Moderator
      Post count: 2371

      You make a valid observation. But I don’t think back then people could see clearly the consequences of allowing this new technology in. In hind sight it is clear…

      But getting the average american worked up enough to defend anything of the natural world is next to impossible. Where is the outrage over the BP oil spill? Drive by a BP station lately? They should be abandoned, but business goes on as usual. The list of environmental, social, and human outrages is too long to list. How can the simple bow compete for attention when the entire ocean gets barely a yawn?

      I spent an immeasurable amount of time in the past 2 years trying to stop the cross bow from coming to NC. We, the NCBA, were able to get a bill into our legislature to stop it. But the bill is languishing in committee. Likely never to see the light of day. And where is the outrage from NC bowhunters? It is nearly impossible to get them to send a letter to their legislators. And if they do, they likely support crossbows.

      The world Aldo Leopold and Fred Bear knew and loved is fleeting fast. What will the world of our children be?

      Oh yea, one more observation – some people (not me) think that fiber glass in bow limbs is the culprit of archery demise, not compound bows. Read Comstock’s book for a full discussion of that one.

    • rayborbon
      Post count: 298

      The archery seasons were fought and agitated for by a previous generation’s proponents of archery in order to get longer seasons and to hunt in a more primitive fashion. This concept obviously included the most important aspect of archery hunting… How you went about your hunt. It was not that you had every advantage at your disposal in order to get a kill should you encounter an animal. It was all about the experience. Success for many who like to archery hunt is a proving grounds and a way to test or measure their skills all the way around. Not just flinging bullets or crossbow bolts from 100,200,500 yards. It was getting in close with the game animals and learning enough about them to get in close regularly and make a harvest.

      Nowadays we have permitted the advancement of technology into the sport with compounds. Then people want to eschew primitive seasons because we already have these compounds which are more complex to design than many rifles. The argument is very simple but effective. A crossbow is a primitive weapon. Well that’s right it is. The crossbow does not possess any connection with the original spirit of the primitive seasons and those who seek to enjoy their archery hunt the old fashioned way… Getting satisfaction from hunting in the outdoors by way of a raw experience with simple yet effective tools.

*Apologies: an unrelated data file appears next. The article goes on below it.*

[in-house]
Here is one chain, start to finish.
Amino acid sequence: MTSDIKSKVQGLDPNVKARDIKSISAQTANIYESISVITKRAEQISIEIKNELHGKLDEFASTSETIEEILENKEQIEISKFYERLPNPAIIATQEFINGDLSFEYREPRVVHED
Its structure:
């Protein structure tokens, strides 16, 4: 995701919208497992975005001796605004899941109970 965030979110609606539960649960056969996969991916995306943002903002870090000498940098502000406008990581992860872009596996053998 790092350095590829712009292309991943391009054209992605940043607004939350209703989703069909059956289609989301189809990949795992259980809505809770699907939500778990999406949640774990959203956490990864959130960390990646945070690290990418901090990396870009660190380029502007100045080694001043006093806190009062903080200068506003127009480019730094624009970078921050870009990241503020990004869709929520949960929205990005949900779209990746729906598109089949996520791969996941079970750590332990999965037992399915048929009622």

• Jimmymac
      Post count: 4

      Sadly, in the past few weeks NY State has passed legislation that now allows a “crossgun” during the regular firearms and muzzleloading seasons beginning in 2011. The group New York Bowhunters fought this legislation strongly (without much support from bowhunters statewide) but in the end, the money machine won. For those who say “I don’t care if they allow them during the firearms or muzzleloader seasons”, you must realize that having the crossbow allowed during those seasons is not a victory for the crossbow manufacturers. People are not going to lay down their 12 gauge slug guns or their rifles and take a crossbow into the woods. This is about money, about selling crossbows, supporting campaigns, growing a taxbase, selling more hunting licenses at the expense of our primitive seasons and also the wildlfe we covet. Yes, we allowed compounds to evolve like they have – blindsighted, but that doesn’t mean we now roll over; instead it means we stand and say enough is enough.

      In NY we know they won’t settle for the seasons as currently allowed, they won’t give up until they give every bubba a reason to go out and buy a new toy. I have to say that I am afraid of the type of person this will draw to the primitive seasons should they be allowed, the compound has done that in spades. Shooters, not hunters. People without the skills of woodsmanship or the love and respect of the quarry. People who want nothing more than the chance to spew bravado over their great hunting trophys. People without ethics.

    • SteveMcD
      Member
      Post count: 870

      I think allowing the crossbow is about recruitment and retention in the hunting fraternity – and we NEED BOTH.

      NYB has done some good things. But I am not a member any longer……..

      It is the constant alienation of other sportsman that bothers me the most with NYB.

      As Secretary to one of the County Federations in New York State – I can say that with out any doubt, the majority of sportsman in New York State WANT the Crossbow.

      IMO – the Archery Season changed forever when the Hollis Allen Compound designed for “Disabled” archers was allowed in the archery season. And the reality is.. the crossbow has no advantage over today’s compounds.

      What goes around comes around, the gun hunters in the 40’s and 50’s, which still had strong sentiments in the 60’s when I was starting out, used the same arguments against Archery Seasons, that certain “Bowhunters” today are using against the crossbow.